Anglican travelling attentively

by
25 July 2014

Chris Chivers enjoys timely observations of global church life

iStock

Backpacking Through the Anglican Communion: A search for unity

Jesse Zink

Morehouse Publishing £12.99

(978-0-8192-2901-4)

Church Times Bookshop

£11.70 (Use code CT550)

IN HER book Travelling In, Monica Furlong wrote: "Priests are justified only by their powers of being and seeing." If that phrase was printed on every application form for the current versions of "show and tell" by which the Churches in these islands seek to discern vocations, Christian reality would, I suspect,be a good deal healthier.

Thank God, then, for a priest such as Jesse Zink, who transparently understands this, and who can communicate William Blake's "minute particulars" with an eye to their global significance, and with love and intelligence.

Backpacking through the Anglican Communion: A search for unity is a marvellous book, at turns prayerful, thoughtful, challenging, and moving. Above all, it glows with a luminosity that gives its readers space for real engagement with the material before them.

Being and seeing are increasingly rare qualities that Zink possesses in spades. In a way that is convincing, he invites and encourages his readers to embrace them, too. His book is a working out of that powerful injunction from Henri Nouwen: "Don't just do something - stand there!"

At the most prosaic level, Zink's book is a travelogue, taking in Anglican dioceses in the Americas, England, Southern Africa, Nigeria, China, and Sudan with chapters for each. They reveal a journalist's, as well as a theologian's, ability to introduce people and places without over-interpretation. Zink was inspired by a book published in 1963 - Global Odyssey: An Episcopalian's encounter with the Anglican Communion in eighty countries - the research for which took its author, Howard Johnson (a Canon of New York), through 200,000 miles, 730 days, 294 beds, and more mosquito bites than he could count.

Zink's book is both less and more comprehensive than Johnson's. Itis less comprehensive because his contexts are inevitably more selective, since to repeat such a venture would be impossible now, given the changes in the Anglican Communion: think of the number of autonomous provinces that have emerged since Johnson's trip in 1959-61. Yet it is more comprehensive because Zink's context-specific account of Anglicanism enables his narrative to sing with hope and potential healing. He has the rare ability to stand in the shoes of another person in the incarnational sense in which Anglicans such as Charles Gore or Max Warrenwould have advocated such an approach.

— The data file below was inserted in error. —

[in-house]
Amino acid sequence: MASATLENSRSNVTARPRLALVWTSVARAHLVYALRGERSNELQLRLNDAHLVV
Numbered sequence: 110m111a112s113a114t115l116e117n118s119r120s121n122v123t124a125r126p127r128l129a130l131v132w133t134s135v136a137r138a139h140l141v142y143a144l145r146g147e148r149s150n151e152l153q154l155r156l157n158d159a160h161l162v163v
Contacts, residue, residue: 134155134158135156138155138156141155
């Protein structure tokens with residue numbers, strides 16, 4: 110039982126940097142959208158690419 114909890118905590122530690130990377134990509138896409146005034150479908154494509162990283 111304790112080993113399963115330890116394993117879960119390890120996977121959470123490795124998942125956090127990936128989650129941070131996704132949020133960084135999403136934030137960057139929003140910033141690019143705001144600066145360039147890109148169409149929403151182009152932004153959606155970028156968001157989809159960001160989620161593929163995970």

Advertisement

Sectarian Anglicanism - to be found on too many of the websites that Anglicans in Nigeria and China read, and motivating too many of the bloggers in the "West" who write on them - is steadily eroding this most precious of Anglican traits. True listening is replaced by constant transmission.

This book is made timely by the negative comments that have been passed on the Archbishop of Canterbury's sensible and sensitive assertion that the things that we say about, for instance, gay marriage affect how Anglicanism is perceived in the widest sense in Nigeria and elsewhere. Zink's travels support Archbishop Welby's view.

In truth, his book is much needed. I recently read the Facebook comments of several priests to the effect that on this issue the Archbishop was lying. I even encountered a London priest who simply said to me: "Oh, we should cut all those Africans loose and get on with being Christian."

Anglicanism in silos of this kind is a dead end, and does no serviceto the gospel - indeed, becomes a limiting parody of it. Yet, in these multi-ethnic islands (hadn't that priest noticed the Africans who have invigorated the Church of England in the diocese he serves?),it is more prevalent than one might suppose.

Zink wants us to embrace the truth that unity is mission. It is an argument that he advances in the best traditions of Anglican apologetic, with beauty, clarity, and insight. His book is a must-read for those who truly believe that belonging to the worldwide body of Christ - where there is difference, and should be charity and love - is what discipleship means.

Canon Chris Chivers is the Vicar of John Keble Church, Mill Hill, in London, and chairs the trustees of Us. (formerly USPG).

100 Best Christian Books

How many have you read?

Visit the 100 Best Christian Books website to see which books made our list, read the judges' notes and add your own comments.

The Church Times Archive

Read reports from issues stretching back to 1863, search for your parish or see if any of the clergy you know get a mention.

FREE for Church Times subscribers.

Explore the archive

The Church Times Podcast

Interviews and news analysis from the Church Times team. Listen to this week’s episode online

Welcome to the Church Times

​To explore the Church Times website fully, please sign in or subscribe.

Non-subscribers can read twelve articles for free each month. (You will need to register.)